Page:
About Bay Shore Former MGP Site

Remedial Investigation Findings

The following is a summary of findings from the remedial investigation (RI) at the Bay Shore former MGP site and Brightwaters gas storage facility:

  • The presence of chemical constituents in soil and groundwater is consistent with that expected of a former MGP site operated for the length of time and in the way the Bay Shore/Brightwaters facilities operated.
  • The presence of trace amounts of some chemical constituents can be attributed to sources other than the MGP site, such as car and truck traffic, other commercial and industrial operations, and the operation of internal combustion engines for lawn maintenance equipment, boats and other activities.
  • There are no findings indicating that chemical constituents from the site have impacted the community's current drinking water supplies.
  • Groundwater containing chemical constituents attributable to the site migrates south from the site and enters Lawrence Creek.
  • The RI and qualitative human exposure assessment indicated that there are pathways through which people on the site and in the community could potentially be exposed to hazardous materials related to former MGP activities, but no immediate hazards were identified.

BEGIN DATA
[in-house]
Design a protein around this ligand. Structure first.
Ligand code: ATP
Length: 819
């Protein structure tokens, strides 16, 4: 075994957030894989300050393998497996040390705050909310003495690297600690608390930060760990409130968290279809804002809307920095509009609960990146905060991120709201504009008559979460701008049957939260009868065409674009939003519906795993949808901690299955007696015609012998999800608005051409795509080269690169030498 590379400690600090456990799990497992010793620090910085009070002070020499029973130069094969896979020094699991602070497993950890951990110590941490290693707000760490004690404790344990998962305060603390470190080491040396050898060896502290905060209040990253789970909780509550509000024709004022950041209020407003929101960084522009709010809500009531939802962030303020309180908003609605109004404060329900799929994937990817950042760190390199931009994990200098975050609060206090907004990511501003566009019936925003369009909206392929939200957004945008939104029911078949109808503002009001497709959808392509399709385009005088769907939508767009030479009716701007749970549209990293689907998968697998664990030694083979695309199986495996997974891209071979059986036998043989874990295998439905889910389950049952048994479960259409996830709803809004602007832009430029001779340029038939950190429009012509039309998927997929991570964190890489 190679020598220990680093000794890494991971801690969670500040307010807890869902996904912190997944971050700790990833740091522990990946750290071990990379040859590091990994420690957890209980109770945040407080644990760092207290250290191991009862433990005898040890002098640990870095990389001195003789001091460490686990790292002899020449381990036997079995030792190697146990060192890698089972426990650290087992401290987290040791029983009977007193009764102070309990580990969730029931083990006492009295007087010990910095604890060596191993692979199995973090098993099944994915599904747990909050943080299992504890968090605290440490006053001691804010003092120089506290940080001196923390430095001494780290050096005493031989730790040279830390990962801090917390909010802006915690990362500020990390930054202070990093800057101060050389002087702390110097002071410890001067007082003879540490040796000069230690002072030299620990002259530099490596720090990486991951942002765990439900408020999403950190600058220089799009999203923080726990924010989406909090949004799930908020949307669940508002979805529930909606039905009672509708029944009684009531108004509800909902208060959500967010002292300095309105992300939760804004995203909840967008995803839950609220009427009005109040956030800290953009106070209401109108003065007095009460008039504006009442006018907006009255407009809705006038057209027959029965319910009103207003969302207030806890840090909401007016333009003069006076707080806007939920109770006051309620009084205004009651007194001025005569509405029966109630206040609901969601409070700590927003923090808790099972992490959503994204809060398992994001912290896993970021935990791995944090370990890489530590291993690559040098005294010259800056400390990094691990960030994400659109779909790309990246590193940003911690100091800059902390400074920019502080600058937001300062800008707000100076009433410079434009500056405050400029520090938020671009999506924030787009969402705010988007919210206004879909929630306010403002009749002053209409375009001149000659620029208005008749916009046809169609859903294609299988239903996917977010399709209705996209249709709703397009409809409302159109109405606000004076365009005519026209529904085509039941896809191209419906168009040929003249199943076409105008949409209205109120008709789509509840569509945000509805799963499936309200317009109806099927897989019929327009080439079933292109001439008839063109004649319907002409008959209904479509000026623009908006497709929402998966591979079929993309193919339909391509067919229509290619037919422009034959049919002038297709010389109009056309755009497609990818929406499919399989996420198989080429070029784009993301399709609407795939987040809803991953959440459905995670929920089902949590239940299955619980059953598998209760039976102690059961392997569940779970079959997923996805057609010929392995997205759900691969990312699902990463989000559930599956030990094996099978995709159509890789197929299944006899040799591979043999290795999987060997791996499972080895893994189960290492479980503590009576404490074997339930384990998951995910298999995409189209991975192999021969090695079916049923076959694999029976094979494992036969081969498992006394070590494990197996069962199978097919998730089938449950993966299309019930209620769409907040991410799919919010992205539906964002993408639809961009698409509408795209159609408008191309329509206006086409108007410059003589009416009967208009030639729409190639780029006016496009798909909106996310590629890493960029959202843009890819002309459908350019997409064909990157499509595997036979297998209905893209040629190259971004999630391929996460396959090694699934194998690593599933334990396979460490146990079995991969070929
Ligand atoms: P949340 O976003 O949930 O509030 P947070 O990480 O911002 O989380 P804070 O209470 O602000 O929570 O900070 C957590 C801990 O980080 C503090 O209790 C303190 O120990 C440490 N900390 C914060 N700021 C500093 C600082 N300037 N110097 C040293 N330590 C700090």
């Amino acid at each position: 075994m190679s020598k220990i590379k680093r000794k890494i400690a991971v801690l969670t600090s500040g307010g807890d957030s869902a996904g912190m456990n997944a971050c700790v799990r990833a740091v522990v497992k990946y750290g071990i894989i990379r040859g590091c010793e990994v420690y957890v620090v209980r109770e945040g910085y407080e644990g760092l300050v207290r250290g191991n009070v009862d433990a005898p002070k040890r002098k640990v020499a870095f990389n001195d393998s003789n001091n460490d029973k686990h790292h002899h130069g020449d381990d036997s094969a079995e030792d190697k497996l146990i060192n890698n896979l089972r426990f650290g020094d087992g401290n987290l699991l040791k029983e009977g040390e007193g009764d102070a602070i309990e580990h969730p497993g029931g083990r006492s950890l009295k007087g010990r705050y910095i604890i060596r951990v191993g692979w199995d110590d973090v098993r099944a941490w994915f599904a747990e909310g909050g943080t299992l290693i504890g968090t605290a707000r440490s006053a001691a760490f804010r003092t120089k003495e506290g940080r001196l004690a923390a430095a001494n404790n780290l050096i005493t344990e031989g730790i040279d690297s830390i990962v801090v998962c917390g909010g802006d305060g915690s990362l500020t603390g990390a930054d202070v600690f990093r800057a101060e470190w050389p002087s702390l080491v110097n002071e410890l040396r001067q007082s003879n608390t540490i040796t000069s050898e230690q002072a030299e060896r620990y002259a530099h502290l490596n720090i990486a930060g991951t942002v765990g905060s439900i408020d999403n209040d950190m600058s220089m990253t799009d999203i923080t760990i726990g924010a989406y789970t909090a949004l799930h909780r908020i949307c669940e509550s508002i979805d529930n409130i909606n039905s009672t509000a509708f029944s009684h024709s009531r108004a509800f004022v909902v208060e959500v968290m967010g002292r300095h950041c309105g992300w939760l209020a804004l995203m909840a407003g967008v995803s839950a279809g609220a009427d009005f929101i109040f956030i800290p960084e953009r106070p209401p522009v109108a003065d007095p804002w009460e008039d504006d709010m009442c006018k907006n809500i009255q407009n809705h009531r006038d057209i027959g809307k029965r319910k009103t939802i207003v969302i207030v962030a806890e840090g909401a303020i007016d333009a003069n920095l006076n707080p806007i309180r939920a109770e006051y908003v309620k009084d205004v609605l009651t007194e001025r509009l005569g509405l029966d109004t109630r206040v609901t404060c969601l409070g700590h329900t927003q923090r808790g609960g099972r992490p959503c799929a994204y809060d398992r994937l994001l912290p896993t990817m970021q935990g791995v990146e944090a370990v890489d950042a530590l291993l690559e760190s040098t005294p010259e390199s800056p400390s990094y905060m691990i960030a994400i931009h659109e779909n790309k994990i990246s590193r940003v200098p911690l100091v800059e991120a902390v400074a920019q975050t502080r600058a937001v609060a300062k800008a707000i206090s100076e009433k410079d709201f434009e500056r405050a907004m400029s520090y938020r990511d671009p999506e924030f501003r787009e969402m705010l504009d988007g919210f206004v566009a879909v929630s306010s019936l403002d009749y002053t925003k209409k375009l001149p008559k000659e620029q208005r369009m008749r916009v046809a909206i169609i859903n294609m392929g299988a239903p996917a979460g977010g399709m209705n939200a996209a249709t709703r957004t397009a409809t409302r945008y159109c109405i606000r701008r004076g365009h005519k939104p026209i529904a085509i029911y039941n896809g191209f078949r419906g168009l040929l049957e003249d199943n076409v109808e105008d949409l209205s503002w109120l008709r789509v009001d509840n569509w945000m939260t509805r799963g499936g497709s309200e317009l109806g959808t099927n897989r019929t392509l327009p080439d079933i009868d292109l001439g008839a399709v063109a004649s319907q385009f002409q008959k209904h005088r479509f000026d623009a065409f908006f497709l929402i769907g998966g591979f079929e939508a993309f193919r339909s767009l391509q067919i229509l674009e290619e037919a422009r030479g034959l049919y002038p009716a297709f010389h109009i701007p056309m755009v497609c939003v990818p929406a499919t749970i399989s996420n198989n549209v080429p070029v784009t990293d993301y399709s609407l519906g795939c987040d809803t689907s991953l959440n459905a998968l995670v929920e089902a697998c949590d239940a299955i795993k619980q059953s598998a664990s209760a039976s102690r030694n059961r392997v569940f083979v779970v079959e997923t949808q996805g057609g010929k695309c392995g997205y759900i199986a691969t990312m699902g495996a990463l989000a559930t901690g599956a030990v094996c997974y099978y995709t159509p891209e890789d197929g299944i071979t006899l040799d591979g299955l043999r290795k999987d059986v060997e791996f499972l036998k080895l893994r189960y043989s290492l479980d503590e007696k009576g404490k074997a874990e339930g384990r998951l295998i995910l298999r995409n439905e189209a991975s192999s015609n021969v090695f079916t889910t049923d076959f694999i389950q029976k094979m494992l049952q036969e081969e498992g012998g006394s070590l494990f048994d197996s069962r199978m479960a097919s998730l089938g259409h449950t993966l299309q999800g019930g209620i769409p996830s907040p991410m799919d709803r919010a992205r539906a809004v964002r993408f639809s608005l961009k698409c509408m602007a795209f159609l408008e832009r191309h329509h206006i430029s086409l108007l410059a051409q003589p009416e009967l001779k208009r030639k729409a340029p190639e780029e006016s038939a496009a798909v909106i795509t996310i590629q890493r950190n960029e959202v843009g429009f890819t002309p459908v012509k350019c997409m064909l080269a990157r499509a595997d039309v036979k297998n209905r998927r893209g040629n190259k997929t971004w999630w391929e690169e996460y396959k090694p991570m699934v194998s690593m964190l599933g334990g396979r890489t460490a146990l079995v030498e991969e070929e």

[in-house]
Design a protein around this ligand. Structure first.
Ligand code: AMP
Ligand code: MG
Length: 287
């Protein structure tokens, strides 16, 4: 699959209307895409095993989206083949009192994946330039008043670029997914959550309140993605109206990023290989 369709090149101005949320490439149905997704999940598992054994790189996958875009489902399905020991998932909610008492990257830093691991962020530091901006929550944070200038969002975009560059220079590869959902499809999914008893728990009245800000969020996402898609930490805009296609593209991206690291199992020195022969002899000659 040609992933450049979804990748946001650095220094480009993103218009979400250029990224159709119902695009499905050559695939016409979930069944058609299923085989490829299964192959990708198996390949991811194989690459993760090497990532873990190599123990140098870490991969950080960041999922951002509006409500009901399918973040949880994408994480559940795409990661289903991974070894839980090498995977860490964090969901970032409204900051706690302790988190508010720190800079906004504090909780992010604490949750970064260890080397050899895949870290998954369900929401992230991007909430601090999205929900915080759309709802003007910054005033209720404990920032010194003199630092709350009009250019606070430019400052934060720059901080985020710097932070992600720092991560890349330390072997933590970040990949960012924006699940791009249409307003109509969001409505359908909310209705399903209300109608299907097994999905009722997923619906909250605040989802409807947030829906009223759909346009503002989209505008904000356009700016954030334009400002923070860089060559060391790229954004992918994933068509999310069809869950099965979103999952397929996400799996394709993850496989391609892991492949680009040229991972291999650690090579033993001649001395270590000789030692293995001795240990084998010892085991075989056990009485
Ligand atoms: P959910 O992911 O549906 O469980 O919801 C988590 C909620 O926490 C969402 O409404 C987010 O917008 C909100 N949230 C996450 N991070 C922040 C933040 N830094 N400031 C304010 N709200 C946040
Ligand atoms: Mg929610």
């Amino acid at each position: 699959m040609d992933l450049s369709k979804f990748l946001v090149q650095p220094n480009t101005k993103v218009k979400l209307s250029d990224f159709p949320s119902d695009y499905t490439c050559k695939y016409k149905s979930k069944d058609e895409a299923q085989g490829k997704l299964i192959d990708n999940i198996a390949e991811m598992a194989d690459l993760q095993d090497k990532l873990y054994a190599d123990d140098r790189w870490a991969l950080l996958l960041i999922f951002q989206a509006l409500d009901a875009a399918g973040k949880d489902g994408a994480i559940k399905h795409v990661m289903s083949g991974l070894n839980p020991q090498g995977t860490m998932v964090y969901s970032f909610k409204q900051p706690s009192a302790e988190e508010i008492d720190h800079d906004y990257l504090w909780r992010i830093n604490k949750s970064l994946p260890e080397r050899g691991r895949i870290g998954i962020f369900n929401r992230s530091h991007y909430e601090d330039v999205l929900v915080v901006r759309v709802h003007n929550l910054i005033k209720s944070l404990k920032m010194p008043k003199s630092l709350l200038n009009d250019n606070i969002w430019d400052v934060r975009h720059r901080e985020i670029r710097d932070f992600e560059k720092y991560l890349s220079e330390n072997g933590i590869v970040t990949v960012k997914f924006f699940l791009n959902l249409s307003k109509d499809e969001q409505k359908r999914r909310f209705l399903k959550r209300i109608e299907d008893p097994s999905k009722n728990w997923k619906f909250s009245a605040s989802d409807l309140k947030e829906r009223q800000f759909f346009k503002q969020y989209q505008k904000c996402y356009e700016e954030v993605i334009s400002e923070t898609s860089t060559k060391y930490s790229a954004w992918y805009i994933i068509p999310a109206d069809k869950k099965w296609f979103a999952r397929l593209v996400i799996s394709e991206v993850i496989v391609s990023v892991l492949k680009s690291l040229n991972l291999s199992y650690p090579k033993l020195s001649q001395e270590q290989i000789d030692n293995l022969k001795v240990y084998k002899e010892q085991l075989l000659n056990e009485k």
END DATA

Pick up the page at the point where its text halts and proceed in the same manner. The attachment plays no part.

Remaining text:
• The RI and Fish and Wildlife Resources Impact Analysis have indicated that there are pathways through which fish and wildlife could be exposed to potentially hazardous materials related to former MGP activities. However, because of the level of urbanization in the community and the transient nature of wildlife present, remedial activities specifically directed at fish and wildlife exposure are not required.

The primary sources of contamination at former MGP sites are coal tar and purifier waste, both byproducts of the manufactured gas cooling process.

For more information, please visit NYSDEC's website on specific contaminants found in the manufactured gas byproducts coal tar and purifier waste.

Key Terms

  • Coal tar is a dark, reddish-brown to black oily liquid that does not readily mix with water. It has a strong odor, which many people find similar to mothballs or driveway sealer. This material does not always have the thick, sticky consistency that most people think of as "tar;" in fact, water gas tar (the most common MGP waste in New York State) typically has the consistency of vegetable oil. Coal gas tar is somewhat more viscous, but still may act as a liquid.
  • Purifier waste is typically found as a dark mixture of wood chips with a very strong, unpleasant, burnt odor. Once exposed at the ground surface, the waste will often develop an iridescent blue color known as "Prussian blue."

Read more on NYSDEC's investigation of former MGP sites.